The difficulty I see with FR is the familiarity that so many people have with it. If your players know about this villian or that plot, then the mystery of the world is lost.
It's like a great book that you re-read. Just not as good the second time. Sure you might find something you missed last time, but you know what's going to happen; the suspense is gone.
As for those who are devoted to the Realms "the way they were": they've been done to death. Apart from rules conversion, what could they possibly sell us? All of the setting has been detailed.
With proper execution, this new FR should feel like the friend you knew in University that you meet on the street twenty years later: familiar, but completely different. Change too much and you feel like you never knew them, and they might as well be a different person.
Well, ultimately the saying "This isn't your father's D&D" has never been more true. One thing that I'm still working through is the balance question. The hints in the DMG are pretty vague: you must be careful when giving powers to monsters, etc, etc. Well, that's great: they codify how individual monsters are going to react on one hand (with the tactical combat encounters) but on the other don't really give any guidelines for balancing powers, etc. This means for the GM who wants to put the work in and give his players something else to work with or try for, well, it's going to be an ungoverned balancing act.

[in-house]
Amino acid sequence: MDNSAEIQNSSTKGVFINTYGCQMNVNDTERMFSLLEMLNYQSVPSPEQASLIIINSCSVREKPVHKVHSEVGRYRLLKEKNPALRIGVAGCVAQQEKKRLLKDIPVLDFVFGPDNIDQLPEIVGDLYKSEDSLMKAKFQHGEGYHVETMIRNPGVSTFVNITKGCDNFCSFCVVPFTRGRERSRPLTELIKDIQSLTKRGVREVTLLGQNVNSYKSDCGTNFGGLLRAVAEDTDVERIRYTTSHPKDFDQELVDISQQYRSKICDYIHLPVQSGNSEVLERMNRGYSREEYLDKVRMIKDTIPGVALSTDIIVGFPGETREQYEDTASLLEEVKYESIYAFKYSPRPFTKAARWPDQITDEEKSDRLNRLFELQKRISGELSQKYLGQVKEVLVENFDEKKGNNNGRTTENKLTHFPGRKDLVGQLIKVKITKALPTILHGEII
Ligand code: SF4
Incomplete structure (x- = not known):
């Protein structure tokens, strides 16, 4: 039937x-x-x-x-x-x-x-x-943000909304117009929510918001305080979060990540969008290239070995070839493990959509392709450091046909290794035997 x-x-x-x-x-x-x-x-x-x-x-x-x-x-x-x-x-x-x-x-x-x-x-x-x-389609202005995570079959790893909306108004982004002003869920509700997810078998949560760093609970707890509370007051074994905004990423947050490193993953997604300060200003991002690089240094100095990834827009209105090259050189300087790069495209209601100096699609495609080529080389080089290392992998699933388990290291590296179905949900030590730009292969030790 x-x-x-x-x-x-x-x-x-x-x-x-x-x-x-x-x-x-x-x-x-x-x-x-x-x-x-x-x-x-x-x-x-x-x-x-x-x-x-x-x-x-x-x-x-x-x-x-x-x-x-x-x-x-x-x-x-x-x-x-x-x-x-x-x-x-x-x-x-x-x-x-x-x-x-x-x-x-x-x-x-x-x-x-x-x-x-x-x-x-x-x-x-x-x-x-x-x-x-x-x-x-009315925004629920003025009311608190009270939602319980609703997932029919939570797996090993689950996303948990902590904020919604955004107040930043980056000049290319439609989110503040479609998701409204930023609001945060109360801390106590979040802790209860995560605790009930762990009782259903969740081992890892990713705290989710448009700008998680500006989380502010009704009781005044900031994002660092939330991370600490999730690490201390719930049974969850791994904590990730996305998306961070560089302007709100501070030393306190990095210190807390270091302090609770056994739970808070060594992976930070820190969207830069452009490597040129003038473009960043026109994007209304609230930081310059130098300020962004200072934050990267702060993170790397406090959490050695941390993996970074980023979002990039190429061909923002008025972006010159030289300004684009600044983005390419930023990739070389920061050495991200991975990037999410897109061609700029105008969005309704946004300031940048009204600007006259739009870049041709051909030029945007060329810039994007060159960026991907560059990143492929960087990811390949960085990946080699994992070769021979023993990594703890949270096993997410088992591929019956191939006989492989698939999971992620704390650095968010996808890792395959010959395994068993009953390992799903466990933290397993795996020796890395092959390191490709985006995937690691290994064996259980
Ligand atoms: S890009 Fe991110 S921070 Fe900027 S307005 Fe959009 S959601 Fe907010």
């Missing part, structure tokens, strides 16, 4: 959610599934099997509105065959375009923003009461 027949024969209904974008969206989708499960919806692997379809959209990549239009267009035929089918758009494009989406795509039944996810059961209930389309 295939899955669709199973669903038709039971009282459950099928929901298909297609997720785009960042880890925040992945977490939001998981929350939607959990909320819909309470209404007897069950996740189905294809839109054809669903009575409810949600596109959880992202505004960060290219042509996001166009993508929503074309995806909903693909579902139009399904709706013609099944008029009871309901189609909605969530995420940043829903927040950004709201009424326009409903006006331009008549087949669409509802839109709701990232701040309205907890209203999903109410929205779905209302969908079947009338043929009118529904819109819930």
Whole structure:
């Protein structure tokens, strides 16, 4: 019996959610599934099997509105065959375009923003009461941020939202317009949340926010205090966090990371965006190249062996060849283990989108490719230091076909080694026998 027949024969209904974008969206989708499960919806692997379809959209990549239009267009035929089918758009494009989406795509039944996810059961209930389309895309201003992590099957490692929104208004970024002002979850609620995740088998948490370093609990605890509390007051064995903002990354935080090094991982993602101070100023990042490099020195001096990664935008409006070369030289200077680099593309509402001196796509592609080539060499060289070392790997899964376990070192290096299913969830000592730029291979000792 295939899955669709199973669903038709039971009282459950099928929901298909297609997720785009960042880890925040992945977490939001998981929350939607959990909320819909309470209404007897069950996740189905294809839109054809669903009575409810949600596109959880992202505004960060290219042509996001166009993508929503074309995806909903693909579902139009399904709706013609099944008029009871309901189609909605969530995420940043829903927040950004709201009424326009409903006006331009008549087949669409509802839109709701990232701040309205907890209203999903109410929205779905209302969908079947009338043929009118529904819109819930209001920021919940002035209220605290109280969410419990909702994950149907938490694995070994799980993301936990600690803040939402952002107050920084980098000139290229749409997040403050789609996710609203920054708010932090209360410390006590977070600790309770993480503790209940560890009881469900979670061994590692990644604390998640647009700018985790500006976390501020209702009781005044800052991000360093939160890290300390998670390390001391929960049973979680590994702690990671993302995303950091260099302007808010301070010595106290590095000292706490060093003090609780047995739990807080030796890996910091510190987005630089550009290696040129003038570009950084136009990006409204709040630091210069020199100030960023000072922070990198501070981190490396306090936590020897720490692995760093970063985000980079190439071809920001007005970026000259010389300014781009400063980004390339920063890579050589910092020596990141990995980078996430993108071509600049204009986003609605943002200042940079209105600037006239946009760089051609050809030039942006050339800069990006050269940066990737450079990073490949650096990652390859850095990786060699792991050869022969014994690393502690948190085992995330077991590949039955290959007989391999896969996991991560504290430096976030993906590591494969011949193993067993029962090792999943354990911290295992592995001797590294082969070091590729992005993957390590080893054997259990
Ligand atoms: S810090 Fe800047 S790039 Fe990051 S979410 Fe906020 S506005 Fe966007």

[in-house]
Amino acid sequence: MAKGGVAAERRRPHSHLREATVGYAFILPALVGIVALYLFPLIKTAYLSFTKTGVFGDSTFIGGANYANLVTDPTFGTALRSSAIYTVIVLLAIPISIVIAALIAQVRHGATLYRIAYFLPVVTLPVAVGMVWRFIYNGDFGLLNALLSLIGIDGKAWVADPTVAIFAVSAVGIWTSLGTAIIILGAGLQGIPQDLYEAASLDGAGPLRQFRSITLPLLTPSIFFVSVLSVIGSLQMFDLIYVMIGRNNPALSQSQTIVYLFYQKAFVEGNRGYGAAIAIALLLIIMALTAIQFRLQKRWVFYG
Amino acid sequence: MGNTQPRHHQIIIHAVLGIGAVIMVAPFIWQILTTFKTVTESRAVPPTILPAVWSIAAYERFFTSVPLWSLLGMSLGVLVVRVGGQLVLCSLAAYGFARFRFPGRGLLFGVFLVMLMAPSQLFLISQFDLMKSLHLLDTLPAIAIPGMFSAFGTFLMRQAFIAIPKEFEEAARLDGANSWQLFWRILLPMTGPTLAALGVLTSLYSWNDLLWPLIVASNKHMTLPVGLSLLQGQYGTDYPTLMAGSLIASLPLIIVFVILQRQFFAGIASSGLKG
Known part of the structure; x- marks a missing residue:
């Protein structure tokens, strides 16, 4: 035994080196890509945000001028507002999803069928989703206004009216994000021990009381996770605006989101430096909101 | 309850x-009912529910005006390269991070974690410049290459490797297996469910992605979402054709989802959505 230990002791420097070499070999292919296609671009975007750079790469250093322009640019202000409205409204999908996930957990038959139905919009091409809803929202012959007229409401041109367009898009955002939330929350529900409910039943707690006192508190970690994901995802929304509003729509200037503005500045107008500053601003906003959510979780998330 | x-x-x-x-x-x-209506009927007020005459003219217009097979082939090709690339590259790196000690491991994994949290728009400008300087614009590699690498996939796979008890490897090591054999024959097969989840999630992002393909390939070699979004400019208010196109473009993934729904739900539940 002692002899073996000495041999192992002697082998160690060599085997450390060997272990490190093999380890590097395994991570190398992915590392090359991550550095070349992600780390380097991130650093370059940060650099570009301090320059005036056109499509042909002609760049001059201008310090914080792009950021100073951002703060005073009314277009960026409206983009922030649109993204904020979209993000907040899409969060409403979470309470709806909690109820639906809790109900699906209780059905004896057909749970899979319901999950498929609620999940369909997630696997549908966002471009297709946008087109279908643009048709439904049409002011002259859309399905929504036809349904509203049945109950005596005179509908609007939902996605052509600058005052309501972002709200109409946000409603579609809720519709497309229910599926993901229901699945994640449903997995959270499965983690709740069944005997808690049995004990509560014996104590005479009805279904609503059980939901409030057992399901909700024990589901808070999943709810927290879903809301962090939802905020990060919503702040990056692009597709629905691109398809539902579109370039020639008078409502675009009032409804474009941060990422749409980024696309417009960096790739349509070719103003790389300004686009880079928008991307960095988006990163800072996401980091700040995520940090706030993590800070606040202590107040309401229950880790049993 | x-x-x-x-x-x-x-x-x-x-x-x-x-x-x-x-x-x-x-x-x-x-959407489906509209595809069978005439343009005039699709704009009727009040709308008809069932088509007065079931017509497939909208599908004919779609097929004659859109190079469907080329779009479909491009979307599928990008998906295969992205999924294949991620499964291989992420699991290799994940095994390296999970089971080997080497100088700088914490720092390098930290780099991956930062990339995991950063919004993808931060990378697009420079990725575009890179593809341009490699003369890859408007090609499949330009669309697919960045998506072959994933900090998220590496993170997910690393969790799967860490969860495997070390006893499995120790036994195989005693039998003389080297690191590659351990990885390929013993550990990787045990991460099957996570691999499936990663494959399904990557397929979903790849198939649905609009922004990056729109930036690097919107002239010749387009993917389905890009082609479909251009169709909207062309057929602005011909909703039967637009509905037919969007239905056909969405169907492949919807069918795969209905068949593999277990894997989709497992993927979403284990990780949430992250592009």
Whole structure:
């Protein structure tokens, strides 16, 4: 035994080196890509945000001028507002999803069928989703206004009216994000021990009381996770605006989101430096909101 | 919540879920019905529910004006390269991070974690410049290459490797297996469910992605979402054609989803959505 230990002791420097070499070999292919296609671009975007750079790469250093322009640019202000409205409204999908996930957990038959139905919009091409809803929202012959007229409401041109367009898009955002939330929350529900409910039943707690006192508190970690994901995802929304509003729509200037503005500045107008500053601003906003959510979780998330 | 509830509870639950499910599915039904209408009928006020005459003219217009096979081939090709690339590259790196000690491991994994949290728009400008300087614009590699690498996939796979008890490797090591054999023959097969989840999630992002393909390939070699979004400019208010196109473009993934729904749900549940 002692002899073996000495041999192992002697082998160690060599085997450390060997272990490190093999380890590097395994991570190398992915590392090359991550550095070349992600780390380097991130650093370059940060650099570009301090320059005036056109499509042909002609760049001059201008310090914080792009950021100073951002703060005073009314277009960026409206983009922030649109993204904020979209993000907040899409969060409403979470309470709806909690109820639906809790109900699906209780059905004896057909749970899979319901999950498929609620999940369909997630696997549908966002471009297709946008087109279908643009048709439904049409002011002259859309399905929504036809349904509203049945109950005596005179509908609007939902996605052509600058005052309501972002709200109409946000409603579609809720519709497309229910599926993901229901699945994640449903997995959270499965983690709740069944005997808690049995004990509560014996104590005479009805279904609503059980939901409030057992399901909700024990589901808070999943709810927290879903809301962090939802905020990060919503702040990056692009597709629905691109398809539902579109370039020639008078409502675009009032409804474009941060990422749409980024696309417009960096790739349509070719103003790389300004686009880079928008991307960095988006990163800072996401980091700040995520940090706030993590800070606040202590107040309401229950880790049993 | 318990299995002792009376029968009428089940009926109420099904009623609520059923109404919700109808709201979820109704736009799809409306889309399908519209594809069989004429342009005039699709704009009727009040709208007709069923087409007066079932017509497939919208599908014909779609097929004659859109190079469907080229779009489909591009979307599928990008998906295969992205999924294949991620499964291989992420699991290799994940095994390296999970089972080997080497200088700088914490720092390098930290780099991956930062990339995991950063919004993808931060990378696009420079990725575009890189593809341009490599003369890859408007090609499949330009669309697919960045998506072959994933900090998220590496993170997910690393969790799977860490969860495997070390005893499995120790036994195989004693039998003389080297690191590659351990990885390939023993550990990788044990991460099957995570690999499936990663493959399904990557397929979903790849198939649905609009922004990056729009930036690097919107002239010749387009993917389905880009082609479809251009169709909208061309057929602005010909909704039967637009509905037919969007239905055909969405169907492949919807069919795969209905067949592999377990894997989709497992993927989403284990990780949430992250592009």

My wizard-player is going to miss the scroll-hunt. He was a fanatic in past games: hunting down scrolls to fill out his spell book. To a certain extent Rituals might replace this obsession, but I'll have to wait to see it in action. In reality, differentiating games will probably distill down to roleplaying. But for me, I'm going to miss the days of looking for a master or trading spells with another wizard.
Following my next game, with my own setting, I'll post and let you know how it goes.
Fake Healer wrote:
It didn't come across as rude. I was responding to the thread title: Gut Reaction to 4E. Since my first running was both tied to 4e and KotS, it was natural that both would be hit by my opinions.
Our group is older (we played KotB - when it was released) and there were a number of references to that module and the similar feel.
In answer to your question: we're going to find out. My group is not desirous of continuing with KotS; so I'll create something of my own and try it. Suprisingly, the backdrop to KotS, as printed in the back of the DMG is what I will probably use.
House rules as asked for by the table: an elimination of Minions and a return to a straight double damage mechanic for criticals. They were not so much concerned with things being tougher: the disjointed feel of "bubble monsters" really got to them (and honestly, me).
First reactions to play.
Our group gave it a shot last night. We played KotS with a dwarf ranger, an elf warlock, a half-elf wizard, and human cleric and paladin. It was interesting, and it definitely has more of a war-game vibe than a role-playing vibe.
Some interesting reactions from my players:
1. "So basically, most characters look the same?" in regards to the streamlined character creation. They liked the idea that characters were easier to create, but found even with feats, kinda looked the same.
2. "Whoa, is this a real monster or a bubble monster?" (in reaction to the 1-hp minion rules).
3. "Holy crap, how many HP does this kobold have?" (in reaction to the 24-30 HP the first encounter kobolds had.)
4. "So this fella is really any "class"?" (in reaction to the description of NPCs as monsters.)
5. "Man combat takes a long time." (in reaction to monsters having more HP in relation to the relative combat damage of the players.
Overall, it was fun. We enjoyed the streamlined combat; and it was easier to understand. However, my gut (and my party) has some concerns: